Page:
Law 2023: A Look Ahead for the Legal Profession

by Timothy B. Corcoran on July 8, 2015

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The future of the legal industry isn’t what it used to be. Or so says a report issued by Law2023.org, a group of industry insiders — including this writer — who spent a year studying the trajectory of the legal marketplace. The approach and the findings are surprising in a number of ways, but also refreshing. The future presents both disruptive change and extraordinary opportunity, for both incumbents and newcomers.

Most views of the legal industry, particularly those posed by insiders, naturally adopt an inside-out approach, or, in other words, an approach that assumes the industry will have a say in how the future develops because we can see it coming. However, reality often presents obstacles or opportunities that are unforeseen by those deep inside. New entrants to evolving markets often have very different perspectives, unaffiliated with the status quo, allowing them to create disruptions and carve out new opportunities. But even this approach assumes there’s a clear view of the future, with different parties simply having different vantage points. What if we ignore the current state and look at the future under a different lens, envisioning how global economic, technological, and cultural change will be manifest a decade from now, and then envision a law firm built to address this world?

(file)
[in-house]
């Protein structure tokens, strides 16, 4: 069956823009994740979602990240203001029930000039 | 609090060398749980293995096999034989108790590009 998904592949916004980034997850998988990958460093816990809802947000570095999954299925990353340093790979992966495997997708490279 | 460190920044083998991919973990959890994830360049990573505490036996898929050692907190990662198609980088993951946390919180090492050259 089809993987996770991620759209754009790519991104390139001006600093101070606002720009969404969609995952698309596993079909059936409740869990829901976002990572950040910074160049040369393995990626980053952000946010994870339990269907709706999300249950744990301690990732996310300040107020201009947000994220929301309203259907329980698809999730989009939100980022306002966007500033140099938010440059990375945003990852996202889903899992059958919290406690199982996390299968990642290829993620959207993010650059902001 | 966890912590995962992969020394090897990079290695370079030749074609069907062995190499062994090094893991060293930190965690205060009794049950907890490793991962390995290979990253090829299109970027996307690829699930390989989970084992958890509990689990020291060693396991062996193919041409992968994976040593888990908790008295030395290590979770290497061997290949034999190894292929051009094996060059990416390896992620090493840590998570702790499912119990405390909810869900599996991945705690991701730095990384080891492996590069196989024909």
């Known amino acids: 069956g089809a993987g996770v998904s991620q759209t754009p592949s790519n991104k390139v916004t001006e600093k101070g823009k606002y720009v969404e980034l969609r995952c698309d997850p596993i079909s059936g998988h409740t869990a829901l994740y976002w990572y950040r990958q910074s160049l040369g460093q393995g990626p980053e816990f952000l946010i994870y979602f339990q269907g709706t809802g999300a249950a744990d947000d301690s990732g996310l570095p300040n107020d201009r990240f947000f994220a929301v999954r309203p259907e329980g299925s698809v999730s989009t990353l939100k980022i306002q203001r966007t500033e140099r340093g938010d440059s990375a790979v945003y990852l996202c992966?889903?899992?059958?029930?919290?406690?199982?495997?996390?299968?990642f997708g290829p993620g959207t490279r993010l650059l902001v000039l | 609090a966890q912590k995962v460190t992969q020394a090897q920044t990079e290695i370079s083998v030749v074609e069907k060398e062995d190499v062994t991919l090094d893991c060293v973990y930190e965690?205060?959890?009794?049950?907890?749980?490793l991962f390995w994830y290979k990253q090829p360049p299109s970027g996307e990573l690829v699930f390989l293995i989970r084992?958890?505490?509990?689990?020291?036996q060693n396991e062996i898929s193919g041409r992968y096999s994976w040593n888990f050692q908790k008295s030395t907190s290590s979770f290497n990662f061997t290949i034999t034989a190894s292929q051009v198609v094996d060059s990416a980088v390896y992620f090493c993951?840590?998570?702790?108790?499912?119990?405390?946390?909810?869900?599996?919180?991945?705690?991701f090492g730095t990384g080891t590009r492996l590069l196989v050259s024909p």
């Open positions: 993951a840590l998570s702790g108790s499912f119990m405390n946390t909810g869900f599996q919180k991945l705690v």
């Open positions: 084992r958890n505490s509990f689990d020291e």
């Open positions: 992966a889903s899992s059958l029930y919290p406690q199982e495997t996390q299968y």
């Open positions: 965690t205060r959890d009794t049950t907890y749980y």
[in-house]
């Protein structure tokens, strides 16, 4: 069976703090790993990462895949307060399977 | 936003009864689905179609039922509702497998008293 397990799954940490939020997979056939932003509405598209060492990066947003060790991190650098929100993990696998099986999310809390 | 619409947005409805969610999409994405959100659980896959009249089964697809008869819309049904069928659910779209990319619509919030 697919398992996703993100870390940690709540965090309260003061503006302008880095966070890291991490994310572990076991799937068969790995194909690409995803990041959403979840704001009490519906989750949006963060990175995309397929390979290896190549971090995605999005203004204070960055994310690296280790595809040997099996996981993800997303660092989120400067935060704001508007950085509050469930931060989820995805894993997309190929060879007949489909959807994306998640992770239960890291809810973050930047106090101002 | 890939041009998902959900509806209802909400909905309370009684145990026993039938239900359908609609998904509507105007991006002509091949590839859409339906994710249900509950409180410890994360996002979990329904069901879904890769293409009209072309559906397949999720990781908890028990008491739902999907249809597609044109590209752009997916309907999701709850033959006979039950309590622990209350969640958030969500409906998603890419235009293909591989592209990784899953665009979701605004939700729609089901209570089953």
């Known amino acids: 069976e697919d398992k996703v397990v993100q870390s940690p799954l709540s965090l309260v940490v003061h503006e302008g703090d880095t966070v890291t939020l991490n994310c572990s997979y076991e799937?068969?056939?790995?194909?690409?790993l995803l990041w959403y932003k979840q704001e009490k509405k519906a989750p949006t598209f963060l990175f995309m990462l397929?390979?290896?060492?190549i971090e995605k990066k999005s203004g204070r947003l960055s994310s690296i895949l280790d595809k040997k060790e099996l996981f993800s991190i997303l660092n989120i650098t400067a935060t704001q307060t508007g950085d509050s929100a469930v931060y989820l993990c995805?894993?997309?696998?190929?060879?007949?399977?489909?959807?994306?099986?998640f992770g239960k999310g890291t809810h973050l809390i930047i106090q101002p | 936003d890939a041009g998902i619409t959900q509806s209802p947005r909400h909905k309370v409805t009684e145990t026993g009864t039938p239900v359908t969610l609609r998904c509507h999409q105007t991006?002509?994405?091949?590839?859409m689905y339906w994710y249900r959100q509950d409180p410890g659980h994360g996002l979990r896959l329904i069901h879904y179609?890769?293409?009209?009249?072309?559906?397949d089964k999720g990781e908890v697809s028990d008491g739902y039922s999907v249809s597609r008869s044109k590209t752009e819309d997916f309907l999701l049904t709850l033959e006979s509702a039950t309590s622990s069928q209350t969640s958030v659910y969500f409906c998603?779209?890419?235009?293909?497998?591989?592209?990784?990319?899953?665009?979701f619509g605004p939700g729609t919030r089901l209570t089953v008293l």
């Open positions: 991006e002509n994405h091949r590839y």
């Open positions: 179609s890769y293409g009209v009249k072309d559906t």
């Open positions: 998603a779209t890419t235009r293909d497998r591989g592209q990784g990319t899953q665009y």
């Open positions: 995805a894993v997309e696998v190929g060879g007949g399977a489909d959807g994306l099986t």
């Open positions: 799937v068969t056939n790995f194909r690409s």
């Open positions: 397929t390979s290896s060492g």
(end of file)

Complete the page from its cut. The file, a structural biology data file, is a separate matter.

The group of legal market insiders, including lawyers, law firm managers, consultants, and legal service provider executives, led by the experienced provocateurs at Insight Labs, interviewed numerous experts in a variety of fields, including technology, design, economics, culture, and, of course, legal innovation. Their collective insights described a future that builds on today’s trends, with a recognition that each trend influences, and is influenced by, the others. Here are the findings.

Technology will enable lawyers to bill for real value. Many law firms embrace technology, but not typically as a means to drive efficiencies. A substantial component of lawyering is knowing where to look for an answer amidst a cacophony of sources, say, finding a relevant regulation or law. Another is knowing how to address a situation that others face infrequently, such as incorporating the right provisions in a contract. Powerful new technologies will make this information far more accessible, and some law firms will incorporate these tools to provide high-demand answers at a much lower cost, potentially broadening their offering and client base while generating handsome profits. Other law firms may eschew these services and focus on premium services where clients require creativity and imagination, and are willing to pay for it. New technologies themselves will present new legal frontiers, as with driver-less cars.

Firms will develop offerings that transcend jurisdiction. Globalization is gaining momentum. Businesses have to navigate a maze of laws and regulations, and increasingly will have to choose among them. Advising a global business means not only staying abreast of all of these jurisdictions, but offering counsel so that clients maximize their opportunities. Just as businesses today adopt structures to address taxation concerns, they will face similar choices based on various jurisdictions’ approaches to environmental, trade, labor, IP protection, and other practices. Furthermore, as businesses continue to operate more globally, rather than as national businesses selling to global markets, governments and regulatory bodies will need to adapt, and it will require top legal minds to ensure fairness in the global arena.